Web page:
May your ’20s be even better than you allow yourself to imagine.
Election Data Services and Polidata have their new apportionment calculations up, based on the latest year-end Census estimates – they estimate the congressional seats apportioned to each state if the Census count follows past trends … and if the count is accurate. This time next year, we’ll have the real numbers in hand.
Hansi Lo Wang with an NPR report on prison gerrymandering.
I’ve tried to convince the Census Bureau to change the way it counts people who are incarcerated, but no national change is coming this decade. States and localities are waking up, though — the Prison Gerrymandering Projct has the latest tally of all the jurisdictions.
Hansi also covers the Census Bureau’s final report on its 2019 test of placing a citizenship question on the decennial enumeration. (That test, of course, was conducted after Secretary Ross had already decided to include the question.)
The final report finds little impact overall, but a significant impact on some sizable populations. I also wonder whether the white-hot publicity over the citizenship question in 2019 artificially depressed the “control” group of individuals asked to respond to the test questionnaire without the additional question … and the degree of any continuing reluctance to respond to the Census even with the citizenship question now legally barred.
I have to assume that quote #30 – from the SCOTUS decision on the census’s citizenship question – is just a shameless attempt to get a retweet from @LeahLitman. (Hi, Leah!)
With lots of election security concerns in the air, a problem in 2016 with electronic pollbooks in Durham County generated a fair amount of attention. At the time, it didn’t look like a malicious incursion, but that didn’t stop speculation, particularly in the aftermath of the Mueller Report. And it was a good idea to do a real investigation, just to check.
Sam Levine, from his new post at the Guardian, with a report.
Campaigns & Elections magazine looks to the year ahead.
Michigan’s new independent commission law requires the Secretary of State to send hundreds of thousands of applications to randomly selected citizens … and the applications are now in the mail.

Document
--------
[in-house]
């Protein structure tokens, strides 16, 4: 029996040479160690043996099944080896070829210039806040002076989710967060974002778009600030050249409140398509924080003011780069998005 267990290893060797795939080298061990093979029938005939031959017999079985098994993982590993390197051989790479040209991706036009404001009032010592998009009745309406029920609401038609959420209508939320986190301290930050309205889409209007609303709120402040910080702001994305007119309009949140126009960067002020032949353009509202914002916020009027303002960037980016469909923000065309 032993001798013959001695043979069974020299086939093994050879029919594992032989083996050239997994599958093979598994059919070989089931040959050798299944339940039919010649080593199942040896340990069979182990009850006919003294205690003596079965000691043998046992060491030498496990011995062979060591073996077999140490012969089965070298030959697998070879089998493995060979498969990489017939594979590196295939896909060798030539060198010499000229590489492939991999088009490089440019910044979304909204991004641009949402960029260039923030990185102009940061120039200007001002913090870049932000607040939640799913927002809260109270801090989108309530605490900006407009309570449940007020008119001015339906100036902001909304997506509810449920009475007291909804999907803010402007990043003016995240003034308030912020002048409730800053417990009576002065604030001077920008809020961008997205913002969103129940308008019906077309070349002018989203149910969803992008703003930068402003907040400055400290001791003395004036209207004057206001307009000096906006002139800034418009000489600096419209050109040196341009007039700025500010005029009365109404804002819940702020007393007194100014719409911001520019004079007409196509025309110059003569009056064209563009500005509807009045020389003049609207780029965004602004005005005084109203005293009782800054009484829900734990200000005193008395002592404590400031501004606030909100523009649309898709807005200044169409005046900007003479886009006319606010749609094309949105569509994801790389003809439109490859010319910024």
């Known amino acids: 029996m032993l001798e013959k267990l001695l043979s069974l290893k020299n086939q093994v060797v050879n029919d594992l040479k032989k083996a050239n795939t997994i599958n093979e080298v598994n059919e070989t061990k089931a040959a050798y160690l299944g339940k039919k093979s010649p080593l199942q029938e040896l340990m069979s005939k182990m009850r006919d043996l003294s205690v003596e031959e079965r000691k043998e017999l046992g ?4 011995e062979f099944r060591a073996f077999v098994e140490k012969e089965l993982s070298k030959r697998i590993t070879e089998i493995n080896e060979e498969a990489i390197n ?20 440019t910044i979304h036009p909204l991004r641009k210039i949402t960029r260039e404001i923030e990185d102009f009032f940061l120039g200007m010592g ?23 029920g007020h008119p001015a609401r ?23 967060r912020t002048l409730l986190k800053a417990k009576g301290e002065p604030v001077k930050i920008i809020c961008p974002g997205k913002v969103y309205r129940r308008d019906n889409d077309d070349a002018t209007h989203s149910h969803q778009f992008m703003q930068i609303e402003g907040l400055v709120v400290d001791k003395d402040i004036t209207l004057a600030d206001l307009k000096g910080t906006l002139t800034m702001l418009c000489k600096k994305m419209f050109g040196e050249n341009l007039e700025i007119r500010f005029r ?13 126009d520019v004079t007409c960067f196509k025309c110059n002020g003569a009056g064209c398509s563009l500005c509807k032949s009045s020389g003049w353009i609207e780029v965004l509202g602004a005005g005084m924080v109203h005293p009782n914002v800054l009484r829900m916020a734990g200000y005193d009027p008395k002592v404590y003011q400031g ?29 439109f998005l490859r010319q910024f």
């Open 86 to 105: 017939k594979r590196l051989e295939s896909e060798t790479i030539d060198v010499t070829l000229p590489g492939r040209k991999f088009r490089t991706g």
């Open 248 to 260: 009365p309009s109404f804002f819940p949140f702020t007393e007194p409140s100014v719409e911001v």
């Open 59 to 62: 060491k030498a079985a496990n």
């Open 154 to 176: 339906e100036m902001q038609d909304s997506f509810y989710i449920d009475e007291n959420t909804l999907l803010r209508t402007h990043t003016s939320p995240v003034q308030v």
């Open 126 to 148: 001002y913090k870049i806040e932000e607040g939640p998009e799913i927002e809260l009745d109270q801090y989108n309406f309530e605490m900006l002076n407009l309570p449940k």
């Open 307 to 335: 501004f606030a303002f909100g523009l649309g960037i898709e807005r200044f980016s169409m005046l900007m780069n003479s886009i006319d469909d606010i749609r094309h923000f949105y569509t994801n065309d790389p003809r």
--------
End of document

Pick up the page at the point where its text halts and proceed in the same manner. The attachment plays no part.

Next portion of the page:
Dauphin County is the last over the line to purchase a new voting system with a paper trail, right at the deadline.
On Friday, the federal court rejected a preliminary injunction seeking to reinstate about 98,000 registration entries who had not responded to notices or contacted election officials since January 1, 2012 – declining (under Pennhurst) to issue a federal order enforcing state law, and otherwise finding insufficient proof of severe constitutional burden. More here and here.
The lede from the Milwaukee Journal-Sentinel:
“The Wisconsin Elections Commission deadlocked Monday over whether to remove the voter registrations of more than 200,000 people in response to a judge’s order. The commission’s inability to reach a consensus means the voters will stay on the rolls for at least the time being.”
There are dueling cases here – a state case with an order from a trial judge to remove voters from the rolls, currently on appeal, and a federal case seeking an order to keep the voters on the rolls. It appears that approximately 88,000 or so of the entries correspond to people who have moved within the same municipality. Wisconsin, with same-day registration, is exempt from federal NVRA provisions limiting purges of the rolls.